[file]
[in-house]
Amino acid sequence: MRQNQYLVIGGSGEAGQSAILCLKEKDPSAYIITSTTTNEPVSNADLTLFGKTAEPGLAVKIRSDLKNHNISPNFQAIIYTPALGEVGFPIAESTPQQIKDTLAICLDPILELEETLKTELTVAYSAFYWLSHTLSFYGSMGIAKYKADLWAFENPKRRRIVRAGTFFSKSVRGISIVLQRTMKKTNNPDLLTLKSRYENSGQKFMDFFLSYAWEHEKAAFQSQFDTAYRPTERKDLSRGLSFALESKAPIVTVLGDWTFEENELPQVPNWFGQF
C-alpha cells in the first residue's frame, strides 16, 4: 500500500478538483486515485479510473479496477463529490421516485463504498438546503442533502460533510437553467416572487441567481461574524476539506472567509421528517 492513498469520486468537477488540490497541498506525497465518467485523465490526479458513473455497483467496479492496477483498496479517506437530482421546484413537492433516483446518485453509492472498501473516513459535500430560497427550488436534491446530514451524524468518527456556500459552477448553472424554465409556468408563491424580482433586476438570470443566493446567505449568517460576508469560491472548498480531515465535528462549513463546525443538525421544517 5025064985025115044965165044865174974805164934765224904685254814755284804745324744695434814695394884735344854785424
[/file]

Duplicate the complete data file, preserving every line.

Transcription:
[in-house]
Amino acid sequence: MRQNQYLVIGGSGEAGQSAILCLKEKDPSAYIITSTTTNEPVSNADLTLFGKTAEPGLAVKIRSDLKNHNISPNFQAIIYTPALGEVGFPIAESTPQQIKDTLAICLDPILELEETLKTELTVAYSAFYWLSHTLSFYGSMGIAKYKADLWAFENPKRRRIVRAGTFFSKSVRGISIVLQRTMKKTNNPDLLTLKSRYENSGQKFMDFFLSYAWEHEKAAFQSQFDTAYRPTERKDLSRGLSFALESKAPIVTVLGDWTFEENELPQVPNWFGQF
C-alpha cells in the first residue's frame, strides 16, 4: 500500500478538483486515485479510473479496477463529490421516485463504498438546503442533502460533510437553467416572487441567481461574524476539506472567509421528517 492513498469520486468537477488540490497541498506525497465518467485523465490526479458513473455497483467496479492496477483498496479517506437530482421546484413537492433516483446518485453509492472498501473516513459535500430560497427550488436534491446530514451524524468518527456556500459552477448553472424554465409556468408563491424580482433586476438570470443566493446567505449568517460576508469560491472548498480531515465535528462549513463546525443538525421544517 5025064985025115044965165044865174974805164934765224904685254814755284804745324744695434814695394884735344854785424